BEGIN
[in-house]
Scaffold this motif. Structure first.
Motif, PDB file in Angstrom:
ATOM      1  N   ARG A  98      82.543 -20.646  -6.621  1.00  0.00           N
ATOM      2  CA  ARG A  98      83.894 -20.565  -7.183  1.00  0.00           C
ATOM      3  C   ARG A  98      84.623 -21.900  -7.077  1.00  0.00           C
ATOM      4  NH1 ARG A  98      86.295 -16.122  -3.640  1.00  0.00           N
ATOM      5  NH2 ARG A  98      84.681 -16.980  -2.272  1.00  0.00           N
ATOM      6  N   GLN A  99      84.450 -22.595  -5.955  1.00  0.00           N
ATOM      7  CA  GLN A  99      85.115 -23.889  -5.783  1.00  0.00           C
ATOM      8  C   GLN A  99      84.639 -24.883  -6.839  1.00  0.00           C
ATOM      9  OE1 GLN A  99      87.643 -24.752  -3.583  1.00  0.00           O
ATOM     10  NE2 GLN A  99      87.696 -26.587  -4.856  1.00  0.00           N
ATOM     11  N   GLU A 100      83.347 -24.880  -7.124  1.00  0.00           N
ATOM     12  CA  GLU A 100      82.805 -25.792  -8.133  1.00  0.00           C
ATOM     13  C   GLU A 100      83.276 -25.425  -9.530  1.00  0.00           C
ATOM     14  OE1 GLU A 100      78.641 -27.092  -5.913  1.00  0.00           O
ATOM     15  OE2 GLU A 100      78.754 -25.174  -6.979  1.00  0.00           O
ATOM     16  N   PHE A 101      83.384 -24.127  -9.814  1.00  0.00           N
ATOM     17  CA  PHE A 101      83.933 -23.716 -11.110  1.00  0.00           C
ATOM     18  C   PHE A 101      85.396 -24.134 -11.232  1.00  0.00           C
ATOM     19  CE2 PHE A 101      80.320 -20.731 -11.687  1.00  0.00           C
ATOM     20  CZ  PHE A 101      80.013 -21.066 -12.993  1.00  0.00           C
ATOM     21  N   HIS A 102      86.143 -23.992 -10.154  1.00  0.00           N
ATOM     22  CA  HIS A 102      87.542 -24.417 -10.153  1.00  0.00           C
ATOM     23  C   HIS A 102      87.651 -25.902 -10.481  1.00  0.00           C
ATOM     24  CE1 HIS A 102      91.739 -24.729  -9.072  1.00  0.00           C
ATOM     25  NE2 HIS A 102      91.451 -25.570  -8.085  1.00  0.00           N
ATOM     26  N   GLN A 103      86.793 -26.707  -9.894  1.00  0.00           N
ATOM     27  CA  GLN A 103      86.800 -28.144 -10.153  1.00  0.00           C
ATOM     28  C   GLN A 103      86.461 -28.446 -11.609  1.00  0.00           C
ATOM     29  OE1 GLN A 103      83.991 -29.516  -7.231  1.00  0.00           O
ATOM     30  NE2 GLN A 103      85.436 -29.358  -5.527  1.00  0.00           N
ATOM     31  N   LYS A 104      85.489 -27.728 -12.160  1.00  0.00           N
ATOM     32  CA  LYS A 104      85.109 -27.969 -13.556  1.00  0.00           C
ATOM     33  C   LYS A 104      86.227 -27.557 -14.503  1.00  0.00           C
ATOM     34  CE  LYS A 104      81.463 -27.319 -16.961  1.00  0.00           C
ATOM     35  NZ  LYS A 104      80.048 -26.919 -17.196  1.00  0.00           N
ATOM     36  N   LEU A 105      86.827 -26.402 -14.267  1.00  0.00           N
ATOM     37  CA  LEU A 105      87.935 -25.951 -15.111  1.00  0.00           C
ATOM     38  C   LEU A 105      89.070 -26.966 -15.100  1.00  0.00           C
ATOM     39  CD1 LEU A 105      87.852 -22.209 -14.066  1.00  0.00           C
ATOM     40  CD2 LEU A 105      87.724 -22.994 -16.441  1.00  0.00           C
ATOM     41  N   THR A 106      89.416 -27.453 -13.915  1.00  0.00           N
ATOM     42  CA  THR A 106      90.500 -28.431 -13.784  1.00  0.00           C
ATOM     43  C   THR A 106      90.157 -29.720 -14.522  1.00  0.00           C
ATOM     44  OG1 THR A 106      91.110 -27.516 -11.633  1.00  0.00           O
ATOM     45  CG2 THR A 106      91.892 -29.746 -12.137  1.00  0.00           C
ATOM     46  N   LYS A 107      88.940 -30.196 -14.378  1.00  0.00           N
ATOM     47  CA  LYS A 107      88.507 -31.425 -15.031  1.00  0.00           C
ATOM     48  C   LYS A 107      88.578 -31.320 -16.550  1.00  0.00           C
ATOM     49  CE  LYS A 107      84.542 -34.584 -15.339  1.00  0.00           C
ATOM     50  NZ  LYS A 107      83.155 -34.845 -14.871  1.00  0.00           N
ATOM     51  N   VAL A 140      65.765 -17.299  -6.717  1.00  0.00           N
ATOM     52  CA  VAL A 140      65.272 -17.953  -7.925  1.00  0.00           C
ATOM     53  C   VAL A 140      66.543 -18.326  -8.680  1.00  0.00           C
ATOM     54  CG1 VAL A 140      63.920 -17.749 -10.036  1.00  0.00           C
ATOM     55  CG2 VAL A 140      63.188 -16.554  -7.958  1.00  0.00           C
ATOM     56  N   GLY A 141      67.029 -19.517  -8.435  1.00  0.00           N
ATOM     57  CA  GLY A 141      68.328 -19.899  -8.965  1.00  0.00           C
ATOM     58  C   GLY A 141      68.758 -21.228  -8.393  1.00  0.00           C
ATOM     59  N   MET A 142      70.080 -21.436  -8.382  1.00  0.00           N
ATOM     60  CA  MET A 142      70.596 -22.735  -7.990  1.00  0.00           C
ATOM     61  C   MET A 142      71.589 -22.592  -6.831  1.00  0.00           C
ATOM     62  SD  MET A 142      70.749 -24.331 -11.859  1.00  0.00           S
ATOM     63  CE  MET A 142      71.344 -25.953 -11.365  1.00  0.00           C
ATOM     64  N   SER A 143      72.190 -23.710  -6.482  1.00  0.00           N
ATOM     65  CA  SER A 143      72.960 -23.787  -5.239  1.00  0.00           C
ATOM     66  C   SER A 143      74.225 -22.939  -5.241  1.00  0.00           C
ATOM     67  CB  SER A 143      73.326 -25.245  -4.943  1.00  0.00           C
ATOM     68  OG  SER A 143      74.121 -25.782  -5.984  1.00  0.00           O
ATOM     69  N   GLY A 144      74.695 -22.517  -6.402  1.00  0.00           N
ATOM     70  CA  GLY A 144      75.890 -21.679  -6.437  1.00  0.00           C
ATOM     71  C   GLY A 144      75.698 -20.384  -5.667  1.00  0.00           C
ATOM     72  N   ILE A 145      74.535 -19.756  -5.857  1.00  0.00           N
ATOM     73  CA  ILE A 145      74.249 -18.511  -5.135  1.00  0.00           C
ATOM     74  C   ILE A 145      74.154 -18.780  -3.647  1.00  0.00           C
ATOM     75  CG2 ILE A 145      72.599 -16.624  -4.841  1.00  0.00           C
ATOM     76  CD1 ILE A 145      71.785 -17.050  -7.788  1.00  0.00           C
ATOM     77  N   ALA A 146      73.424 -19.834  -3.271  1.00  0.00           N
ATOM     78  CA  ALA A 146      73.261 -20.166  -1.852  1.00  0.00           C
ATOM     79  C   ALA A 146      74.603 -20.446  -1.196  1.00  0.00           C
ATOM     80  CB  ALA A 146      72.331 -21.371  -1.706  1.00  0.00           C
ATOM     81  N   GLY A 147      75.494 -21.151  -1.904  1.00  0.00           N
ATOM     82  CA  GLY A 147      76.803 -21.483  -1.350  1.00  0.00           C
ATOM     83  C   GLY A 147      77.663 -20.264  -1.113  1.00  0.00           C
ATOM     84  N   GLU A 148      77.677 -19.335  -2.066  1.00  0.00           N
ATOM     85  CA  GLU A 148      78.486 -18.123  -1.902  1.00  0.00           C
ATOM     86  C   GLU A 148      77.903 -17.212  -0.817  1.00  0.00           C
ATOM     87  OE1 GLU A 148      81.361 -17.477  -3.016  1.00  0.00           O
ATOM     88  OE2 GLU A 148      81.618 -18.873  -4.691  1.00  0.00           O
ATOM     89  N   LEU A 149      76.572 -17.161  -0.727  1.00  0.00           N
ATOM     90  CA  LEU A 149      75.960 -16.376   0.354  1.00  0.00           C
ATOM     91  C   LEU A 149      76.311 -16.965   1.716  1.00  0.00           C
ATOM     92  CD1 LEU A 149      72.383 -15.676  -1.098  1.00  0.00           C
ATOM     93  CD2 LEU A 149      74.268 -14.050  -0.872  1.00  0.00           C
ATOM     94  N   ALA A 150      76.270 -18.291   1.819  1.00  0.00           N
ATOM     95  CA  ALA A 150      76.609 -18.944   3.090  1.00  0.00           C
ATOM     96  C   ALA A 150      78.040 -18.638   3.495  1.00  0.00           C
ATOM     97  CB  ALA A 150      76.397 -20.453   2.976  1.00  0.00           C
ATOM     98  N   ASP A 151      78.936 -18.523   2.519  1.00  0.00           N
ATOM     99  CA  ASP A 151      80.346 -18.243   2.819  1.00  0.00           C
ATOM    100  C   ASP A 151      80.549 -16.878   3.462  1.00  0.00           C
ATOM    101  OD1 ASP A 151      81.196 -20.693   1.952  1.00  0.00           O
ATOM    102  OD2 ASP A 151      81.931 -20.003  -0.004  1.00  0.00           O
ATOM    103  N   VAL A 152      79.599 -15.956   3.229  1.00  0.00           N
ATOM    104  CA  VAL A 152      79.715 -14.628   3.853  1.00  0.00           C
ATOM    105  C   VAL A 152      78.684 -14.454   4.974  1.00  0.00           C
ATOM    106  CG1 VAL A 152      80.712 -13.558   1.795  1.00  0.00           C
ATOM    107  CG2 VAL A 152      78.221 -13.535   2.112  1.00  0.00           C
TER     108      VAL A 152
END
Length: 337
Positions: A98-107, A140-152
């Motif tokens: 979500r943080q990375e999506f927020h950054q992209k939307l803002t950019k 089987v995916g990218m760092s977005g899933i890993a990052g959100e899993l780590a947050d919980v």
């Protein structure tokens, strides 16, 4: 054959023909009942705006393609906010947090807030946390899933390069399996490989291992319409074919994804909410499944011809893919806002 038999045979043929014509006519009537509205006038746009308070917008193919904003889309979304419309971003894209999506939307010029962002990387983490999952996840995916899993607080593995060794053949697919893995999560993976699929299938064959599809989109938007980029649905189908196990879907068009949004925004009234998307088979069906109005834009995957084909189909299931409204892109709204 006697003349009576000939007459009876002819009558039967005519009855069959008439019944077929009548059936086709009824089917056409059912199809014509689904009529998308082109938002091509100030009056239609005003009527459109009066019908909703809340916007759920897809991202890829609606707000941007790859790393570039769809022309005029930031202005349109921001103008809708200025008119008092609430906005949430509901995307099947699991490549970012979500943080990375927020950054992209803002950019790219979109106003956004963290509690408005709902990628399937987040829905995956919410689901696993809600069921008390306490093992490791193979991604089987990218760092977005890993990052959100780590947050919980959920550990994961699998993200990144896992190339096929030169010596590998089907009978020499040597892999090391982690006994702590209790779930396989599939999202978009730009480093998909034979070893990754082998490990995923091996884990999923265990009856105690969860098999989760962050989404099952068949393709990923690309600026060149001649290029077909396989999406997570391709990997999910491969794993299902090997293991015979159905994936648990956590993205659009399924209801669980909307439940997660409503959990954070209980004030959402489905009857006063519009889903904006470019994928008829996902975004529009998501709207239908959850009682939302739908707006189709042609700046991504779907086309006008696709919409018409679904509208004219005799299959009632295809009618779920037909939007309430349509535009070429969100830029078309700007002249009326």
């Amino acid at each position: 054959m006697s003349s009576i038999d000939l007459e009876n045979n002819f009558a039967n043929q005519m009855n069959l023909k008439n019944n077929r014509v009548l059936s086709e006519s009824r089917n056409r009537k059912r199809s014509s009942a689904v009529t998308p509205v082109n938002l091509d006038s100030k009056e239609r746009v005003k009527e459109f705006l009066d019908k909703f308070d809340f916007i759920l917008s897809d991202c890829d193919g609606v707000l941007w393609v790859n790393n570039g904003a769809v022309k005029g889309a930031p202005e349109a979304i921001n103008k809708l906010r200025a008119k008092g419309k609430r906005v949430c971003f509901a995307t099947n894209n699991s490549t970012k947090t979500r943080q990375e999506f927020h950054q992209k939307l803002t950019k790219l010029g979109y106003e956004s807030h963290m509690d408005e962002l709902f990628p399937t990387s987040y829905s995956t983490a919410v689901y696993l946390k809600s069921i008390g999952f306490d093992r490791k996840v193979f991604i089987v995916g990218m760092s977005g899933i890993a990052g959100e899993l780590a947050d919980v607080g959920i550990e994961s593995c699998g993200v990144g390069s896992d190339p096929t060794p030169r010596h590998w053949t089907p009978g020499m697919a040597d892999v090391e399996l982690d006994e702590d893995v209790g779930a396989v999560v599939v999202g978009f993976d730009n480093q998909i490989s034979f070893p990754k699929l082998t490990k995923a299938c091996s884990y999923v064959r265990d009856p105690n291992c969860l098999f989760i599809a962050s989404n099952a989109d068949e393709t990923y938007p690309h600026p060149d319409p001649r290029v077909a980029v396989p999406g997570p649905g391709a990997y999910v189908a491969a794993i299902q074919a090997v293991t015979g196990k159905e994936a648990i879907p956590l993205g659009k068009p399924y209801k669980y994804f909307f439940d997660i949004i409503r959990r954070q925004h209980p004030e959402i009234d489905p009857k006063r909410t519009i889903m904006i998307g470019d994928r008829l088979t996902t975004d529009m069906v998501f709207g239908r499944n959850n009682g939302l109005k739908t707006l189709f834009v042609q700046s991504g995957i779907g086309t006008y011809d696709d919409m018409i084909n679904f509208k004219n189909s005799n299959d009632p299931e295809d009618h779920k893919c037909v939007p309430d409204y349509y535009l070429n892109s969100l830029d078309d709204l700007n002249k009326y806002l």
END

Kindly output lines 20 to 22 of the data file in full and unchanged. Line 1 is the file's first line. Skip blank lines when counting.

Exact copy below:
ATOM     17  CA  PHE A 101      83.933 -23.716 -11.110  1.00  0.00           C
ATOM     18  C   PHE A 101      85.396 -24.134 -11.232  1.00  0.00           C
ATOM     19  CE2 PHE A 101      80.320 -20.731 -11.687  1.00  0.00           C